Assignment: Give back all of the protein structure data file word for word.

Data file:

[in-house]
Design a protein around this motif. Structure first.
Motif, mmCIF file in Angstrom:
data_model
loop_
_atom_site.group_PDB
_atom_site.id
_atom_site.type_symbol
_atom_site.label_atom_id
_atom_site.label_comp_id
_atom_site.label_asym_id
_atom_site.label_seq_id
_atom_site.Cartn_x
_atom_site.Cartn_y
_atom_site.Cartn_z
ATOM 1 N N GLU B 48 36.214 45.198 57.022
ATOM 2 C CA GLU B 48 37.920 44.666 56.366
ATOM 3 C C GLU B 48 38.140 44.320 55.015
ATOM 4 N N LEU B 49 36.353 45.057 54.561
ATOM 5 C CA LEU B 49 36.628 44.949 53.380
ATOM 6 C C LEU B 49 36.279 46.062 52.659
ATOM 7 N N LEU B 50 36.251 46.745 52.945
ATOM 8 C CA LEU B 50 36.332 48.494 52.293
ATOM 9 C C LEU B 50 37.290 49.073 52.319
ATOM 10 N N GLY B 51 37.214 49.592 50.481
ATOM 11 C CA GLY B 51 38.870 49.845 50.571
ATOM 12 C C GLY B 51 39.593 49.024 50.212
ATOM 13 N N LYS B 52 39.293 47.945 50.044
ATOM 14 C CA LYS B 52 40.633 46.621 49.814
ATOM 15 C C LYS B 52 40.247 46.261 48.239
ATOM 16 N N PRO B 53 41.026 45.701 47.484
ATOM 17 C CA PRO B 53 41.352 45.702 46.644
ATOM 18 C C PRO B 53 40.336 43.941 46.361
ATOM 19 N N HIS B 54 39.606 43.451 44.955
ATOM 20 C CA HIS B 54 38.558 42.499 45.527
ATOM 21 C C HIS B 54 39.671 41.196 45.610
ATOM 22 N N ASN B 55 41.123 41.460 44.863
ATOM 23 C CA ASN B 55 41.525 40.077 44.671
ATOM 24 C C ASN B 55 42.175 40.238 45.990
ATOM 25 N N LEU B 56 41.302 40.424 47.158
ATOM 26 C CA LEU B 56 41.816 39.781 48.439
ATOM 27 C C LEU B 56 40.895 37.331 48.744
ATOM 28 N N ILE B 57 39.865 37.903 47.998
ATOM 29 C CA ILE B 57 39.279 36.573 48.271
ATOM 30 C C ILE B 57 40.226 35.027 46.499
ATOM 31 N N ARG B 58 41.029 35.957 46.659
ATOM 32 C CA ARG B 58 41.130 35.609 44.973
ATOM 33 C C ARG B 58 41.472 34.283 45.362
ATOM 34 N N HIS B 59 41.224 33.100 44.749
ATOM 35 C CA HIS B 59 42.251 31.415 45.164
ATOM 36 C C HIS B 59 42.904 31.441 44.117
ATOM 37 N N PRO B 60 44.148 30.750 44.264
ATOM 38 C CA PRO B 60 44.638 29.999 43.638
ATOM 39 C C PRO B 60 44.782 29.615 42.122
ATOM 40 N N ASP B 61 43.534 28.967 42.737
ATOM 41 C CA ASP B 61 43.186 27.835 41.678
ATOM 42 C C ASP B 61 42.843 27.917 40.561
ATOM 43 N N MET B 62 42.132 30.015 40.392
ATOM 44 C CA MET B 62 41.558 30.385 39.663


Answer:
[in-house]
Design a protein around this motif. Structure first.
Motif, mmCIF file in Angstrom:
data_model
loop_
_atom_site.group_PDB
_atom_site.id
_atom_site.type_symbol
_atom_site.label_atom_id
_atom_site.label_comp_id
_atom_site.label_asym_id
_atom_site.label_seq_id
_atom_site.Cartn_x
_atom_site.Cartn_y
_atom_site.Cartn_z
ATOM 1 N N GLU B 48 36.214 45.198 57.022
ATOM 2 C CA GLU B 48 37.920 44.666 56.366
ATOM 3 C C GLU B 48 38.140 44.320 55.015
ATOM 4 N N LEU B 49 36.353 45.057 54.561
ATOM 5 C CA LEU B 49 36.628 44.949 53.380
ATOM 6 C C LEU B 49 36.279 46.062 52.659
ATOM 7 N N LEU B 50 36.251 46.745 52.945
ATOM 8 C CA LEU B 50 36.332 48.494 52.293
ATOM 9 C C LEU B 50 37.290 49.073 52.319
ATOM 10 N N GLY B 51 37.214 49.592 50.481
ATOM 11 C CA GLY B 51 38.870 49.845 50.571
ATOM 12 C C GLY B 51 39.593 49.024 50.212
ATOM 13 N N LYS B 52 39.293 47.945 50.044
ATOM 14 C CA LYS B 52 40.633 46.621 49.814
ATOM 15 C C LYS B 52 40.247 46.261 48.239
ATOM 16 N N PRO B 53 41.026 45.701 47.484
ATOM 17 C CA PRO B 53 41.352 45.702 46.644
ATOM 18 C C PRO B 53 40.336 43.941 46.361
ATOM 19 N N HIS B 54 39.606 43.451 44.955
ATOM 20 C CA HIS B 54 38.558 42.499 45.527
ATOM 21 C C HIS B 54 39.671 41.196 45.610
ATOM 22 N N ASN B 55 41.123 41.460 44.863
ATOM 23 C CA ASN B 55 41.525 40.077 44.671
ATOM 24 C C ASN B 55 42.175 40.238 45.990
ATOM 25 N N LEU B 56 41.302 40.424 47.158
ATOM 26 C CA LEU B 56 41.816 39.781 48.439
ATOM 27 C C LEU B 56 40.895 37.331 48.744
ATOM 28 N N ILE B 57 39.865 37.903 47.998
ATOM 29 C CA ILE B 57 39.279 36.573 48.271
ATOM 30 C C ILE B 57 40.226 35.027 46.499
ATOM 31 N N ARG B 58 41.029 35.957 46.659
ATOM 32 C CA ARG B 58 41.130 35.609 44.973
ATOM 33 C C ARG B 58 41.472 34.283 45.362
ATOM 34 N N HIS B 59 41.224 33.100 44.749
ATOM 35 C CA HIS B 59 42.251 31.415 45.164
ATOM 36 C C HIS B 59 42.904 31.441 44.117
ATOM 37 N N PRO B 60 44.148 30.750 44.264
ATOM 38 C CA PRO B 60 44.638 29.999 43.638
ATOM 39 C C PRO B 60 44.782 29.615 42.122
ATOM 40 N N ASP B 61 43.534 28.967 42.737
ATOM 41 C CA ASP B 61 43.186 27.835 41.678
ATOM 42 C C ASP B 61 42.843 27.917 40.561
ATOM 43 N N MET B 62 42.132 30.015 40.392
ATOM 44 C CA MET B 62 41.558 30.385 39.663